THIS ARTICLE INCLUDES SPOILERS FOR BLACK PANTHER
Black Panther is now out worldwide, and the reception has been overwhelmingly positive. Much of the praise for this film was it’s brilliant performances, including Michael B. Jordan’s excellent portrayal of Erik Killmonger. Up until this point, the Marvel Cinematic Universe has had an infamous track record of mediocre or horrible villains. That streak was broken with the majority of Phase 3 Marvel films, where villains like Vulture or Ego were a highlights in their respective films. This new streak continues with Black Panther where Killmonger is not just a good villain, he shatters the mold to become a perfect one.
Killmonger is leagues ahead of any other in the Marvel Cinematic Universe. Killmonger holds the classic villain trope of having a personal connection to the hero but also has a point of view many in the audience can agree or relate to. From the reveal of Erik’s ancestry to his first interaction with T’Challa, you know Erik is unlike any other comic book villain.
The dynamic between T’Challa and Erik makes for one of the more interesting contrasts not seen very often in comic book movies. Similar to the Batman and the Joker or Professor X and Magneto, Erik’s vision is clear and is starkly different from the protagonist in the film. Killmonger finds Wakanda’s leadership to be selfish, keeping vibranium to themselves for thousands of years and deliberately not helping other people of color around the world in an attempt to hide their immense resources. It’s hard to disagree with his claim when even some of Wakanda’s own citizens, including Nakia, agreeing with this sentiment.
While many generic film villains carry an equally generic motivation, Killmonger displays a unique side to a villain. In the eyes of Killmonger, he doesn’t see himself as the bad guy. His intentions and motives are right, but they are clouded by anger, hate and a thirst for revenge. At a very young age, Erik saw the dead body of his father, and had to grow up knowing that he’d never be accepted in the “fairytale” land of Wakanda. This could’ve easily been the origin of a hero and that is what makes Killmonger so unique. Only a few circumstances separates Killmonger from being a hero or the villain.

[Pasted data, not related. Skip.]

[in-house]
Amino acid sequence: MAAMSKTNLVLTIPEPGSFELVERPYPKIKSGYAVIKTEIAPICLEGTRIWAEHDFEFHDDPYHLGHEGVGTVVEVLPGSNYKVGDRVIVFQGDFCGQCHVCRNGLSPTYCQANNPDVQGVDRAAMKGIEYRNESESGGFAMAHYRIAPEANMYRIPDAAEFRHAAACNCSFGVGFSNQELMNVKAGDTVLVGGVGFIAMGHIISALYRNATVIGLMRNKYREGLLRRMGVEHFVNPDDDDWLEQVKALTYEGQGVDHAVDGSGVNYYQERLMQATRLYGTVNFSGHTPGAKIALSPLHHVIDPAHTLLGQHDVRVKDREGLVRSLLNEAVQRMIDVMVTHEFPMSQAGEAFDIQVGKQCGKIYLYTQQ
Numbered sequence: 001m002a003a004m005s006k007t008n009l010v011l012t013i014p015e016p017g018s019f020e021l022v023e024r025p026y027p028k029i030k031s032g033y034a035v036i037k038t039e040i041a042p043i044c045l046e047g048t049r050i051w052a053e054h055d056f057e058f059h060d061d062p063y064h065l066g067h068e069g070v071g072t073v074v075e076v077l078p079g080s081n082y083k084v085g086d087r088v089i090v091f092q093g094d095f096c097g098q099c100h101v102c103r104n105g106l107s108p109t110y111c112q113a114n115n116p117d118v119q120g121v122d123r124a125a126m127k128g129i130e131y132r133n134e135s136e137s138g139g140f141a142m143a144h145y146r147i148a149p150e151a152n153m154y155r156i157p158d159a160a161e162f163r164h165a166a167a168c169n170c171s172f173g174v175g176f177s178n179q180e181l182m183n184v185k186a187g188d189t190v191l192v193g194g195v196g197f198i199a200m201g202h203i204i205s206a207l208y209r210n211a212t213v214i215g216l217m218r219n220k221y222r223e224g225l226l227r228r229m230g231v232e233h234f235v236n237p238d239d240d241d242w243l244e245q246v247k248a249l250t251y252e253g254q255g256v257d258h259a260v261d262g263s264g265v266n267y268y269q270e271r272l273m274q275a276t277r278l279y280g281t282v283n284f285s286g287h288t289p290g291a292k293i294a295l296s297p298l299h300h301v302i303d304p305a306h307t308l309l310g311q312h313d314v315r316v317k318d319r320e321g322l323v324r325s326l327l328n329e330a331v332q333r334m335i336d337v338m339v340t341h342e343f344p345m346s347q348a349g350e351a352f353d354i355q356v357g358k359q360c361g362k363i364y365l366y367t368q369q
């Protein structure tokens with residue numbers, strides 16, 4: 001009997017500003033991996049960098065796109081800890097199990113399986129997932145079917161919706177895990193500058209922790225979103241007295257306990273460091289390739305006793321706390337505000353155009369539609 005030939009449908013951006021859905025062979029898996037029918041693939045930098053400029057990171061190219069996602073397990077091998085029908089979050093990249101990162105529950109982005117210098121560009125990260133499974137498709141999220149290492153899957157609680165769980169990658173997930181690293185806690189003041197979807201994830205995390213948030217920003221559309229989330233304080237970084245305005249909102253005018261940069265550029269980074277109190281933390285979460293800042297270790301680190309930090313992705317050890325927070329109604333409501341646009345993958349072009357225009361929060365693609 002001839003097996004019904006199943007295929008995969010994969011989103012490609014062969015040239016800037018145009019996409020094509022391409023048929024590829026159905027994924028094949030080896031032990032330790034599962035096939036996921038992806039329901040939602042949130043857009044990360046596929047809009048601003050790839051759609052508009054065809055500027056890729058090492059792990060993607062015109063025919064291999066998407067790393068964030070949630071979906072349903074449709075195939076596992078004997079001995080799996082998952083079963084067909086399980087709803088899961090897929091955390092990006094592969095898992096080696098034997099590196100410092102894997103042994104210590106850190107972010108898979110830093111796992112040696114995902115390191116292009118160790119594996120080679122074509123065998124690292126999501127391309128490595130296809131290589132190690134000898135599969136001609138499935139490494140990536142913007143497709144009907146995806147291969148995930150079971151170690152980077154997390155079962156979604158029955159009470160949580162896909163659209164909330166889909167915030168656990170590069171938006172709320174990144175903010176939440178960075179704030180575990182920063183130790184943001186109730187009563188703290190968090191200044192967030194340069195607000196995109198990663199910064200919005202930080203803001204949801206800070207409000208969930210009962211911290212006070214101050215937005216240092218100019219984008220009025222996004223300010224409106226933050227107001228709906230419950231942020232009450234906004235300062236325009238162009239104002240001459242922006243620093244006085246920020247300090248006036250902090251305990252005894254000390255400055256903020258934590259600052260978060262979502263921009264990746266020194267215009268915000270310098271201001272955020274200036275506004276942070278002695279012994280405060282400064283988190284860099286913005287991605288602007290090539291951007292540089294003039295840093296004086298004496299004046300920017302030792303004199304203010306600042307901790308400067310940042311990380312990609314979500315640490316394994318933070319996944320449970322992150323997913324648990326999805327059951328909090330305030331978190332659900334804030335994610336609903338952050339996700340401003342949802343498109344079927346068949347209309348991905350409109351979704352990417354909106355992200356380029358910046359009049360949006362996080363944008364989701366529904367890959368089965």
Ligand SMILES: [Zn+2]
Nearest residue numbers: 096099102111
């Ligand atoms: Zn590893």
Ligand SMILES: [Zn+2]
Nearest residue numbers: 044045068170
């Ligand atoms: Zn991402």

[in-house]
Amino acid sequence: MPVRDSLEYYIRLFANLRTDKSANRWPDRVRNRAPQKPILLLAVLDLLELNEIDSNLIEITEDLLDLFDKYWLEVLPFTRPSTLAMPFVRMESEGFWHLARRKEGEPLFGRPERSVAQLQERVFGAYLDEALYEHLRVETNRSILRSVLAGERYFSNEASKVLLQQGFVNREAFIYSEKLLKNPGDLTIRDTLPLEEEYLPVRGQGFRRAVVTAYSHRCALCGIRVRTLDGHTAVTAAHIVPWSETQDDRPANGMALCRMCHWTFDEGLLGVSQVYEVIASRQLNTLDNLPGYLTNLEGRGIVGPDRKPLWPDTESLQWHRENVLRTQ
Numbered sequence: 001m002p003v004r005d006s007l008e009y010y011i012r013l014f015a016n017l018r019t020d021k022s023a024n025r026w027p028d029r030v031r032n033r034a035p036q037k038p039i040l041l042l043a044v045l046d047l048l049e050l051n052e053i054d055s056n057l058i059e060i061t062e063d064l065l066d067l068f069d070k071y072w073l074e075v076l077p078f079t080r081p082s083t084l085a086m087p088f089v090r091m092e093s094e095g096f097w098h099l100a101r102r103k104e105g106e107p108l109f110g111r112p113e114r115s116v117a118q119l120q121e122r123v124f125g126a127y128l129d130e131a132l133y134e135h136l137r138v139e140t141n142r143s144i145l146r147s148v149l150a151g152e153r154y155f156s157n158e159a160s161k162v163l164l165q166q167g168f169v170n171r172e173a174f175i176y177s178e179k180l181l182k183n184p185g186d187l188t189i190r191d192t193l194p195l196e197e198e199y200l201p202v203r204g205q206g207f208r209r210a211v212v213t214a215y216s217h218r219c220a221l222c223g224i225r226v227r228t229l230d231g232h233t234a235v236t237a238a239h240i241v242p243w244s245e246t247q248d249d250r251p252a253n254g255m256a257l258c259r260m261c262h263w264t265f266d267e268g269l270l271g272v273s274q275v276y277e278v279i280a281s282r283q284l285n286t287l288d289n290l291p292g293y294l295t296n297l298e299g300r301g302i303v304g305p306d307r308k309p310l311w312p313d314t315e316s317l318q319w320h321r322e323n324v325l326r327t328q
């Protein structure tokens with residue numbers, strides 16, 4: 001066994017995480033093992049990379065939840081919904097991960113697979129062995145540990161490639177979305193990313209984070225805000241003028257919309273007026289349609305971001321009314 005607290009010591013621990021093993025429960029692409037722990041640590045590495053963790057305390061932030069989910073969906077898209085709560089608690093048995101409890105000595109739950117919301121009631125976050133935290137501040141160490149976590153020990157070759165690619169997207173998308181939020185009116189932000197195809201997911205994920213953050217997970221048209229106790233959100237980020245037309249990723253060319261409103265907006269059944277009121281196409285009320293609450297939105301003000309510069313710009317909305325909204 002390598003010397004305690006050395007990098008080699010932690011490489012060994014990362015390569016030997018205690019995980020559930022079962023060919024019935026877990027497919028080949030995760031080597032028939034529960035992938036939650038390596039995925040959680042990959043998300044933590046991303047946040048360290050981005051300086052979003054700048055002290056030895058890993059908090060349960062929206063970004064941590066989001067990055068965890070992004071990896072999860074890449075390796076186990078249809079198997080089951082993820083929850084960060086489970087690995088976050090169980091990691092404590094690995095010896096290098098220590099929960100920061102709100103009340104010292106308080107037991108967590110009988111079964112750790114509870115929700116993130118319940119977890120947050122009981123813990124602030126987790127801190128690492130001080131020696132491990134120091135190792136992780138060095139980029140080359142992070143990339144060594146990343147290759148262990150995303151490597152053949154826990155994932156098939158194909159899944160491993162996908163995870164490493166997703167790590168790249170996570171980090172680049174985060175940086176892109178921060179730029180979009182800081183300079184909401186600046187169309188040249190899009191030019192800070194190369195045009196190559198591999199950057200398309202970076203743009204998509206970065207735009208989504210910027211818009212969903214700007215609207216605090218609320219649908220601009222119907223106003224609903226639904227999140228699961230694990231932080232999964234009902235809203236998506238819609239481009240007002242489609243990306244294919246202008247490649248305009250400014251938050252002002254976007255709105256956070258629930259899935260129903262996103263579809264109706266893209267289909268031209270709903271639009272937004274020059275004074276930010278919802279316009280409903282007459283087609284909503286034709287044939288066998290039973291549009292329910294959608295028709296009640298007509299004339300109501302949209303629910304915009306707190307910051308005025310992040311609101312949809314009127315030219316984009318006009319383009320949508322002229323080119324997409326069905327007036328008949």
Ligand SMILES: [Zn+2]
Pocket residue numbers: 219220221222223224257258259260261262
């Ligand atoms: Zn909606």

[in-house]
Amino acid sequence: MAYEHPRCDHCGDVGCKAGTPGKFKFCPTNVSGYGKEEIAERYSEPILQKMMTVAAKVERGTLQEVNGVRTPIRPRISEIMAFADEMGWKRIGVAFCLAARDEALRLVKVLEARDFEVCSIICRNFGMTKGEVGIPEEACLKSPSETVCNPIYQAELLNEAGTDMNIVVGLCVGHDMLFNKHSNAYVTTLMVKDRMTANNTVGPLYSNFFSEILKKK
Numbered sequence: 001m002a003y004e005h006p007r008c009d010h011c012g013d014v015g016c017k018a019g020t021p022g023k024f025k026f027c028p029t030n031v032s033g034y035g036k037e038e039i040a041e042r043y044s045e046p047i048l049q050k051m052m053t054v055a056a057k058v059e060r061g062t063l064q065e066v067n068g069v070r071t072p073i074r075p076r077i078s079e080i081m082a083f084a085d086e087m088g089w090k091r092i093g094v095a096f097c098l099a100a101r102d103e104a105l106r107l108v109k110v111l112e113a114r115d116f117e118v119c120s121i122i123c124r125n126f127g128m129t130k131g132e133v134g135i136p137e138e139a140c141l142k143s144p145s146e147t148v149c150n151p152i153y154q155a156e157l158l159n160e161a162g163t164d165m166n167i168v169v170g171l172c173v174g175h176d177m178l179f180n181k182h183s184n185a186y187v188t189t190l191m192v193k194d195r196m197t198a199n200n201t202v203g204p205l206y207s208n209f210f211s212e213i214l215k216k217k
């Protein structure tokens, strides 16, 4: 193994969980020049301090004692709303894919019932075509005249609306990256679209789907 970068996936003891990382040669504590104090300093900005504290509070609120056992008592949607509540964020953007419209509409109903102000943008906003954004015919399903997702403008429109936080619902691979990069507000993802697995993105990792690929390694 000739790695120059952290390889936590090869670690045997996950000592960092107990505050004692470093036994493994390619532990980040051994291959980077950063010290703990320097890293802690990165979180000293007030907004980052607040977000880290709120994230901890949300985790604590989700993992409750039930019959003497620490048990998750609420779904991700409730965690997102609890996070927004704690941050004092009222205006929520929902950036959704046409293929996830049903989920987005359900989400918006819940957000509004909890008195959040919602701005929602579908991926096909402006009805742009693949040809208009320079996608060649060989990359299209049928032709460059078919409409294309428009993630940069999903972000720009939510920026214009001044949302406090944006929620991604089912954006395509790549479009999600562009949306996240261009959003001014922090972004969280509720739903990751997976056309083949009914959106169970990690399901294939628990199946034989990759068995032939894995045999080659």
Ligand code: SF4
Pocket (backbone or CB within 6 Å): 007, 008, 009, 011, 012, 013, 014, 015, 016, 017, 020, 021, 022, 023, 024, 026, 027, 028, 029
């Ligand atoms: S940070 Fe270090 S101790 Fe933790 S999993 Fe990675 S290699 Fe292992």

Coogler and Jordan brought passion into this character. Where they could have just opted for a one-dimensional ‘destroy the world’ villain, the duo instead brings light of Erik’s vulnerability. The scene where he takes the strength of the Black Panther is a prime example of this. Erik gets to talk to his father, wearing American clothes, in an American apartment. It’s all he ever knew. And when he does speak to him, he’s a child again, letting his toughness down, and bringing his humanity in.
Erik’s actions may have been too chaotic, but it definitely influenced the future of Wakanda, with characters like W’Kabi and Nakia believing and harboring variations of his beliefs, although a bit differently. Nakia’s resolution is more peaceful, leading to T’Challa spreading Wakanda’s complex technology to the world, which is something Killmonger wanted to do, but more in a more violent, totalitarian way.
Erik Killmonger is a different type of Marvel villain. He, along with Loki are the best of their kind because they’re not just evil, they’re human as well. It’s important for the villain to be on par with their hero, and in this case, Killmonger succeeded at being the Black Panther’s true equal, making him one of the greatest comic book movie villains of all time.